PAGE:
The doctrine of distribution

History and Philosophy of Logic 27 (1):59-74 (2006)

Terence Parsons
University of California, Los Angeles
Peter Geach describes the ?doctrine of distribution? as the view that a term is distributed if it refers to everything that it denotes, and undistributed if it refers to only some of the things that it denotes. He argues that the notion, so explained, is incoherent. He claims that the doctrine of distribution originates from a degenerate use of the notion of ?distributive supposition? in medieval supposition theory sometime in the 16th century. This paper proposes instead that the doctrine of distribution occurs at least as early as the 12th century, and that it originates from a study of Aristotle's notion of a term's being ?taken universally?, and not from the much later theory of distributive supposition. A detailed version of the doctrine found in the Port Royal Logic is articulated, and compared with a slightly different modern version. Finally, Geach's arguments for the incoherence of the doctrine are discussed and rejected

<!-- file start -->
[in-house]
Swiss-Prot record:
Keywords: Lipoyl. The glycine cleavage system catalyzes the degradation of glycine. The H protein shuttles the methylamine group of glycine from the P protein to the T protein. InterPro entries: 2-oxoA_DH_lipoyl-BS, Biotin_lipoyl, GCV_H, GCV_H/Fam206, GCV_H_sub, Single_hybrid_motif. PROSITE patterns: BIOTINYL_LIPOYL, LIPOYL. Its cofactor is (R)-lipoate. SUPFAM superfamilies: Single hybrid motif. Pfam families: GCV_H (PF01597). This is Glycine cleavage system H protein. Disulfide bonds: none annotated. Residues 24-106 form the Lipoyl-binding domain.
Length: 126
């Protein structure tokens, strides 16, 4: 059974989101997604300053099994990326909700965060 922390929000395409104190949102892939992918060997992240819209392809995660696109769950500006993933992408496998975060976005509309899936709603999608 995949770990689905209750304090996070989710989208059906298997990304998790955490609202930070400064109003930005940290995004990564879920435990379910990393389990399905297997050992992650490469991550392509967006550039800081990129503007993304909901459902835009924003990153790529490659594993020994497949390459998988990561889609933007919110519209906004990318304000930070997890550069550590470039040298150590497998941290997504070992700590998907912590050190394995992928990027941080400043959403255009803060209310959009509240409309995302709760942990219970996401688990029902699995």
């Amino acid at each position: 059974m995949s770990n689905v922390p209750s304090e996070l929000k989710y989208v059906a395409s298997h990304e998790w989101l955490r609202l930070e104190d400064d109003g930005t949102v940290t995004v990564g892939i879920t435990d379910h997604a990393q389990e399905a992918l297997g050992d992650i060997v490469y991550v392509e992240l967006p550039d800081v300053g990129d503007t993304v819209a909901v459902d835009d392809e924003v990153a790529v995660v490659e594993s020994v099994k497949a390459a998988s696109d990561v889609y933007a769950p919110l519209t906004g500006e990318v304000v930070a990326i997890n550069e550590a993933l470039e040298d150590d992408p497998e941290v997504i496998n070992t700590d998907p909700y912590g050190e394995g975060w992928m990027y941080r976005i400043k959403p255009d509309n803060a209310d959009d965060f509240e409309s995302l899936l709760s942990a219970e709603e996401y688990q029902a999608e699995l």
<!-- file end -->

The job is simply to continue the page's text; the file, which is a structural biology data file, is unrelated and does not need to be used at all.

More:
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DOI 10.1080/01445340500321543
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References found in this work BETA

Reference and Generality.P. T. Geach - 1962 - Ithaca: Cornell University Press.
The Development of Logic.W. C. Kneale - 1962 - Oxford University Press.
Logic Matters.P. T. Geach - 1972 - Blackwell.
Introduction to Logic.Irving M. Copi - 1953 - Pearson/Prentice Hall.
The Development of Logic.A. R. Lacey, W. Kneale & M. Kneale - 1964 - Journal of Hellenic Studies 84:194-195.

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Fred Sommers’ Contributions to Formal Logic.George Englebretsen - 2016 - History and Philosophy of Logic 37 (3):269-291.

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